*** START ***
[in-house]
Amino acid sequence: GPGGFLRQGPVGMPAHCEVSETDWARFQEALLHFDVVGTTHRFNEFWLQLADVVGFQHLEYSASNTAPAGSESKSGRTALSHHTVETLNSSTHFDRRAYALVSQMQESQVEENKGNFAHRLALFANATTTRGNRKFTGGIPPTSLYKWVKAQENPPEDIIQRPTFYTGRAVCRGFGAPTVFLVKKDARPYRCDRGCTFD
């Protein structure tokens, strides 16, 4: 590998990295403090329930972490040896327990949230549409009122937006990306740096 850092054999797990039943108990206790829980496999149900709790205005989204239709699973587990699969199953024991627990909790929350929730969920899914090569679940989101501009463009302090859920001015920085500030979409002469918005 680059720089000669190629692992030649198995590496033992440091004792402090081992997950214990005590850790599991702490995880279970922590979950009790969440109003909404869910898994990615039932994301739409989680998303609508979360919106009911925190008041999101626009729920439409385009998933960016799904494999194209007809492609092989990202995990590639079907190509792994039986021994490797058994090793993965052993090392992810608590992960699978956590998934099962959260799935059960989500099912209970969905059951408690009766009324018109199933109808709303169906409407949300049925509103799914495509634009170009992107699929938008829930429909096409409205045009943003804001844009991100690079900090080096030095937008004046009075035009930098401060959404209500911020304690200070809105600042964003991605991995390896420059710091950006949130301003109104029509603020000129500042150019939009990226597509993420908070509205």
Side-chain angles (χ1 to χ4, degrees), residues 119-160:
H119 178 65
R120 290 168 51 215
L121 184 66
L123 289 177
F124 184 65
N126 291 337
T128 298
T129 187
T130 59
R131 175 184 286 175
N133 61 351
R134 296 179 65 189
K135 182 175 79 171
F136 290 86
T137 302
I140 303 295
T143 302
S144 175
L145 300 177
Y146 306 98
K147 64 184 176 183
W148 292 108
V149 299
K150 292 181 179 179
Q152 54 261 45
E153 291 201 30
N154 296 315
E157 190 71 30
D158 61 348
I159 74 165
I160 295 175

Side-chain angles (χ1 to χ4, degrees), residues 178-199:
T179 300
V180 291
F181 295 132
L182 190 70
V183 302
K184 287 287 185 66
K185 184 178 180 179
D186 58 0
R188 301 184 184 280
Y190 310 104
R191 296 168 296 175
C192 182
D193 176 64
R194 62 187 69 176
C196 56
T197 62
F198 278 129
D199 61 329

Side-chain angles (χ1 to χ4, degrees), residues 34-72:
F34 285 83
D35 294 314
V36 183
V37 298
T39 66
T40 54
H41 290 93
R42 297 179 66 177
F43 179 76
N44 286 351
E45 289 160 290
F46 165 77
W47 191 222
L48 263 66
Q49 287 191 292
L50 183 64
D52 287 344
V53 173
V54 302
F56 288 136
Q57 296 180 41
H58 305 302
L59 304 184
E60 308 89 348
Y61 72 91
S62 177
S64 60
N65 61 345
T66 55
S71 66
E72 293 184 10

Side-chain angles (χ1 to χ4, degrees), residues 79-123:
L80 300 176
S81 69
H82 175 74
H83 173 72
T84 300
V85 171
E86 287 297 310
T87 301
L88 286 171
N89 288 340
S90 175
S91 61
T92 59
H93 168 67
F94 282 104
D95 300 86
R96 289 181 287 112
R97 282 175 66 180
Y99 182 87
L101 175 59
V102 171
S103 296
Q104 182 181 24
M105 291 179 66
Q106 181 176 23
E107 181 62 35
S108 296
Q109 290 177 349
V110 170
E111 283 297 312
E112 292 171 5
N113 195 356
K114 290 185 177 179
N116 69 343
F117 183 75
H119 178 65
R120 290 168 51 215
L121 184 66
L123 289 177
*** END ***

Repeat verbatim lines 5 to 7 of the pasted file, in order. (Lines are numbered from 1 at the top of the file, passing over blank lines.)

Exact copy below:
H119 178 65
R120 290 168 51 215
L121 184 66